Watch DEF LEPPARD’s JOE ELLIOTT Join BILLY JOEL For Performance Of ‘Pour Some Sugar On Me’ At Fenway Park
Written by megarock on August 18, 2018
DEF LEPPARD singer Joe Elliott joined Billy Joel on stage last night (Friday, August 10) at Boston’s Fenway Park to perform his band’s classic song “Pour Some Sugar On Me”. Fan-filmed video footage of Joe‘s appearance can be seen below.
DEF LEPPARD and JOURNEY will play Fenway Park tonight as part of their massive North American tour. The trek, which kicked off in May in Hartford, will run through October 6, when it wraps up at the Forum in Los Angeles.
In a 2015 interview with SPIN, Elliott spoke about DEF LEPPARD‘s influence on contemporary pop music. He said: “I notice when it’s pointed out to me, because I honestly don’t listen to much pop radio. But when I am made aware of it, or just happen to be listening to whatever radio station my friend is tuned to in their car, it’s, like, ‘Whoa, that sounds a bit like we could’ve done it.’ I started becoming aware of our influence in pop music about 15 years ago when Pinkdid a radio show with us, and she was standing on the side of the stage singing every word. I was like, well okay, she’s a fan. [Laughs] We have people like Jewel or John Mayer or the guys in MAROON 5, all of whom are huge fans. It wasn’t just RATT and POISON we were a part of…. [now] all of a sudden you’ve got Lady Gaga coming out and saying, ‘I fucking love DEF LEPPARD,’ and we had Taylor Swift wanting to work with us six or seven years ago when she was first kicking off.”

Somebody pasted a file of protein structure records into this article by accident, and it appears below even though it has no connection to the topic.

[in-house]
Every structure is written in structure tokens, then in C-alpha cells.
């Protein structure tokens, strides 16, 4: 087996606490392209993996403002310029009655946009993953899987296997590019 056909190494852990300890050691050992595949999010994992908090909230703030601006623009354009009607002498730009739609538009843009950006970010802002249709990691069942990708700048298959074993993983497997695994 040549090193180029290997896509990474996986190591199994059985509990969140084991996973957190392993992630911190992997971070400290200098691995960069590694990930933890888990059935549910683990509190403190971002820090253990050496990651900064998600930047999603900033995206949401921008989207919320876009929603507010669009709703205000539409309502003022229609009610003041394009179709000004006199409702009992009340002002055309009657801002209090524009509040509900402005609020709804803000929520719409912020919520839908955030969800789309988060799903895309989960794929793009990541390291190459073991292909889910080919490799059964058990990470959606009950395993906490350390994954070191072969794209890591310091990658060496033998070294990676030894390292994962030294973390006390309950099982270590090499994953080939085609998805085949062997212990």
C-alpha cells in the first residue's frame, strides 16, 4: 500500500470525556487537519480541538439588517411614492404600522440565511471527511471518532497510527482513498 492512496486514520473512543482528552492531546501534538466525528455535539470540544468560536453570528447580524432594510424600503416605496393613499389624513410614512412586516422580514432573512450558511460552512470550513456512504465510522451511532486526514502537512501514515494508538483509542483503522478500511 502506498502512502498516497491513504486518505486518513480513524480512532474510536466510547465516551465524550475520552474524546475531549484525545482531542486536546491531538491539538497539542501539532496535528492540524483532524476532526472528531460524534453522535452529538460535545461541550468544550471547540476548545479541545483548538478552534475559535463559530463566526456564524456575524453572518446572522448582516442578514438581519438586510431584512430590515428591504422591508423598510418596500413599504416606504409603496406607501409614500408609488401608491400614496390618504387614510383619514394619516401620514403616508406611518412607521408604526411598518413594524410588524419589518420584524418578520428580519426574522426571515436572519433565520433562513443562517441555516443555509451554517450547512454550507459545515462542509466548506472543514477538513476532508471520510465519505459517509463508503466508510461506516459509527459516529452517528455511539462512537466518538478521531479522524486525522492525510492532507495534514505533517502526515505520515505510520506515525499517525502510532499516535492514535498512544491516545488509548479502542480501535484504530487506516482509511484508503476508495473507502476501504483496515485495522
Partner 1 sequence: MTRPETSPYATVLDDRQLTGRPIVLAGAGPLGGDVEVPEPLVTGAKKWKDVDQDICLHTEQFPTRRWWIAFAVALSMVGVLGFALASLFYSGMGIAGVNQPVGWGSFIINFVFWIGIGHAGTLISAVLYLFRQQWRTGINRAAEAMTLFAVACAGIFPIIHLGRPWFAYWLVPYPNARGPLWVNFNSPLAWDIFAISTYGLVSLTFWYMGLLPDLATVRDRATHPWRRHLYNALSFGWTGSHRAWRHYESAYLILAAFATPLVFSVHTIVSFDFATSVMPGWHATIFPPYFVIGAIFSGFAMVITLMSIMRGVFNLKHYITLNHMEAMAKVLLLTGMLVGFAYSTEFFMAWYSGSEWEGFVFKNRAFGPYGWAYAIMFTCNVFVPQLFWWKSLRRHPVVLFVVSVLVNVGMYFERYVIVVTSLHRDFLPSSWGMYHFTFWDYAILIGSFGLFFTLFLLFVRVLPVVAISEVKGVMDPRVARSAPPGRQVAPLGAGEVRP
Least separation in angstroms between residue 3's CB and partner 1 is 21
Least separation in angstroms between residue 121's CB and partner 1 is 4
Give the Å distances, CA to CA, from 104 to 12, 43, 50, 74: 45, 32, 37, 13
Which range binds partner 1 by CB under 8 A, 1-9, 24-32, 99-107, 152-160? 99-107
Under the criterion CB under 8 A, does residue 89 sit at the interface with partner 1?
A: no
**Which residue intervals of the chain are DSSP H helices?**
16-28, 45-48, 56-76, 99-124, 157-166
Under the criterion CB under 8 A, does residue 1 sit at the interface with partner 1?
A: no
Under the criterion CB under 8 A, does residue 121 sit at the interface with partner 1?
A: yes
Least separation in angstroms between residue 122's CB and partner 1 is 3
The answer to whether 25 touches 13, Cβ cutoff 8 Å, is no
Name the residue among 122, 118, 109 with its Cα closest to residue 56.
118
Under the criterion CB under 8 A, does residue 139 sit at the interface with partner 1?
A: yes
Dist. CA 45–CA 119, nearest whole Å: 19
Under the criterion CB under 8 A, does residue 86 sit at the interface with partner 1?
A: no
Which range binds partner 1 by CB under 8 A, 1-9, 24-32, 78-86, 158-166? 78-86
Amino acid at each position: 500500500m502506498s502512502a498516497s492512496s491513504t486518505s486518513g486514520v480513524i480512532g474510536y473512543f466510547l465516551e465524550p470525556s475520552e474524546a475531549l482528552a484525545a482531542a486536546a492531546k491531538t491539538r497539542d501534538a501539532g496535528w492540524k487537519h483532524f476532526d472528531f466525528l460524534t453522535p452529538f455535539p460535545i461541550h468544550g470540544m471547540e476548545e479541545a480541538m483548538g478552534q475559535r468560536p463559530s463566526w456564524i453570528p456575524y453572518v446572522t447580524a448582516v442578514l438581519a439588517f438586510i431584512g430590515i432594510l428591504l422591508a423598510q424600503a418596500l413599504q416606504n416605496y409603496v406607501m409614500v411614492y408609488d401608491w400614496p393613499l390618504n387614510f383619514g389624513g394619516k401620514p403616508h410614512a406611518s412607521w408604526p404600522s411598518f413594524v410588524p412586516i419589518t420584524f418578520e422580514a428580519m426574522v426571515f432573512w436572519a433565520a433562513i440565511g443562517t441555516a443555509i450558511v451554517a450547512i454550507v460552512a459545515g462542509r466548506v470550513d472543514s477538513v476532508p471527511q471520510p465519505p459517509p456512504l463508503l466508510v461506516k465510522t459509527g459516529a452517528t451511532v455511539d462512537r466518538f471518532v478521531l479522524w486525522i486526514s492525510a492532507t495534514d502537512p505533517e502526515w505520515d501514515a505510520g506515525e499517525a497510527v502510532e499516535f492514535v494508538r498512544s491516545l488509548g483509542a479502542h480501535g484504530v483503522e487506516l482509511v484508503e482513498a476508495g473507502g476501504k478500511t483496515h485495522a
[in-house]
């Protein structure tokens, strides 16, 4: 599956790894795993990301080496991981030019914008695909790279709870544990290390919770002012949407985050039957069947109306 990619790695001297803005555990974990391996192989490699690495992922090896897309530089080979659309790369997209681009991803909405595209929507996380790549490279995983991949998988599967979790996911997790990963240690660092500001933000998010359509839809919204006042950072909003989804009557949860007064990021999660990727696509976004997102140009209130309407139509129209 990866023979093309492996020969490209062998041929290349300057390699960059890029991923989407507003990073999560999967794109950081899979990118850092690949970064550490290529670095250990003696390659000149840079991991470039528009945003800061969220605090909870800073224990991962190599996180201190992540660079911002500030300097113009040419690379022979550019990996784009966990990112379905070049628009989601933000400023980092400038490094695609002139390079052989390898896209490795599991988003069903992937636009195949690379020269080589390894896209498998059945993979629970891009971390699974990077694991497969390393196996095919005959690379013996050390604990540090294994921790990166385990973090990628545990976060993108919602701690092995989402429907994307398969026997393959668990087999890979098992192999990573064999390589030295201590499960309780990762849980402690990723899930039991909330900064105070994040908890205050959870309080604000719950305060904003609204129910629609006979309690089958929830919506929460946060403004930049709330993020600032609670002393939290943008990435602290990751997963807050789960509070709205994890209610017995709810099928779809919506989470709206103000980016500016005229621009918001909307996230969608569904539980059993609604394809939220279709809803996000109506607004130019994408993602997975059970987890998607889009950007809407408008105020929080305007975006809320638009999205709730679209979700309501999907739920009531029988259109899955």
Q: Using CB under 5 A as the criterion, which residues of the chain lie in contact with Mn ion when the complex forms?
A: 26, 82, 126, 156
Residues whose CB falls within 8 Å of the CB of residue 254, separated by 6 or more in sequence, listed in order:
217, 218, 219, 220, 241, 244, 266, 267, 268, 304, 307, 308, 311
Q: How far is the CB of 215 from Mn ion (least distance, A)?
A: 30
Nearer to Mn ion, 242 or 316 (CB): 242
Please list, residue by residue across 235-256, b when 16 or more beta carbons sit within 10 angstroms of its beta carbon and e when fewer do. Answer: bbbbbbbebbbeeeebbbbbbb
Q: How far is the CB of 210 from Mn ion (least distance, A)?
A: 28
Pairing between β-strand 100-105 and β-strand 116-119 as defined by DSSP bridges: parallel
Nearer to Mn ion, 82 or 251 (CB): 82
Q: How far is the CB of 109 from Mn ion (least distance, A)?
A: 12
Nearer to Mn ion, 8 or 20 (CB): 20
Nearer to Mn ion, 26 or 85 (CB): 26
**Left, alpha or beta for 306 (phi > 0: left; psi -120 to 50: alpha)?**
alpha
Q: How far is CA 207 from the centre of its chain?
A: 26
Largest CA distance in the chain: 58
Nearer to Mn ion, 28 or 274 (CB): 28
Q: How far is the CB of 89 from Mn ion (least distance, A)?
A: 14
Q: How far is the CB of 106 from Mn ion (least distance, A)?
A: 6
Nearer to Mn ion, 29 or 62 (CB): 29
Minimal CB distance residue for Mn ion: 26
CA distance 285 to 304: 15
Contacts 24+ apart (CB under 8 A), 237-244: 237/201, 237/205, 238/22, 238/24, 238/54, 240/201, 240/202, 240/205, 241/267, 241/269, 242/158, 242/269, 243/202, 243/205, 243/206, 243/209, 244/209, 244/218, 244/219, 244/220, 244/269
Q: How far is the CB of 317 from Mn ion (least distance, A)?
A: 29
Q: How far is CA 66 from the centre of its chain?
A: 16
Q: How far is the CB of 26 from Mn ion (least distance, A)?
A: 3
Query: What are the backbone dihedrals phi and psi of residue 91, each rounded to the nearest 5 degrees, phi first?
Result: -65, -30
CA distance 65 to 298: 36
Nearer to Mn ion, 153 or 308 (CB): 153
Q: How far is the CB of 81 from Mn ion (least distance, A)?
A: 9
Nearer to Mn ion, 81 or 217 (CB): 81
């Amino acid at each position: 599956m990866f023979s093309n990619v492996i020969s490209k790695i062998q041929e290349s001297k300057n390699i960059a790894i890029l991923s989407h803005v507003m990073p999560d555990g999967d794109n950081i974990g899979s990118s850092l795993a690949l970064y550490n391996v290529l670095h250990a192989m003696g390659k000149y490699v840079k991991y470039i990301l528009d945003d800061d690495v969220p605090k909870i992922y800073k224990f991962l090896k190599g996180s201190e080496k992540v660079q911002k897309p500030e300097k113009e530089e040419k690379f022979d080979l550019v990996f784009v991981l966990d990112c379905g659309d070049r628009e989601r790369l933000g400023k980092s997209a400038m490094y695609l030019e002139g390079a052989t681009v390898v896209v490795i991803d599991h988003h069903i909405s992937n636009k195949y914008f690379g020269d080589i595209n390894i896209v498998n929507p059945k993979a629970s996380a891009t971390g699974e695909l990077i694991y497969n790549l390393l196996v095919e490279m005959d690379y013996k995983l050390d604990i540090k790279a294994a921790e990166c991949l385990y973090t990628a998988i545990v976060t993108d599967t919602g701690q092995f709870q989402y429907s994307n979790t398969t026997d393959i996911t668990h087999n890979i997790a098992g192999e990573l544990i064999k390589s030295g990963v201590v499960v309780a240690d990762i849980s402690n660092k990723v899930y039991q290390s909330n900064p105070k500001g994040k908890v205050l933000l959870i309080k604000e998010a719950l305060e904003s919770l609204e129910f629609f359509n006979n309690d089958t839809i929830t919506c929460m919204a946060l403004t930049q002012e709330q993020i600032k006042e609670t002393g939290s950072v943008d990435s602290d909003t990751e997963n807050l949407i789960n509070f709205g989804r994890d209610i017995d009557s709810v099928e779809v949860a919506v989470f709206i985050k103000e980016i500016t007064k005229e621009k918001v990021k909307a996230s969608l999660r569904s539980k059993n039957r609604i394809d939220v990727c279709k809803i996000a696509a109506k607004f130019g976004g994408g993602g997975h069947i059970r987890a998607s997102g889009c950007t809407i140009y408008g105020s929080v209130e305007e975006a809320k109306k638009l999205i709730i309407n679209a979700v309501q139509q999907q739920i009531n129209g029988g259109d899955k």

He continued: “You are aware of it, and it’s flattering, but I think it’s down to the fact that we’ve always been more pop than metal, much to the annoyance of the metal press and metal fans. We were never DIO or ANTHRAX or JUDAS PRIEST… We’ve always been about [blending] that kind of quirkiness that QUEEN had with the power of AC/DC. It’s something we’ve always felt was kind of our blueprint. So I absolutely hear it in pop because that’s essentially who we were. DEF LEPPARD became popular not through being a rock band like [LED] ZEPPELIN or [BLACK] SABBATH. We became popular because our singles were on ‘American Bandstand’between KOOL & THE GANG and Michael Jackson. We were the white rock band from the U.K. that people were like, ‘What? How did they infiltrate the Top Ten?’ And it was because we had these infectious melodies. We weren’t afraid of singing about relationships or love, which is something that metal would never do. We were never [singing about] dungeons and dragons. We never will be.”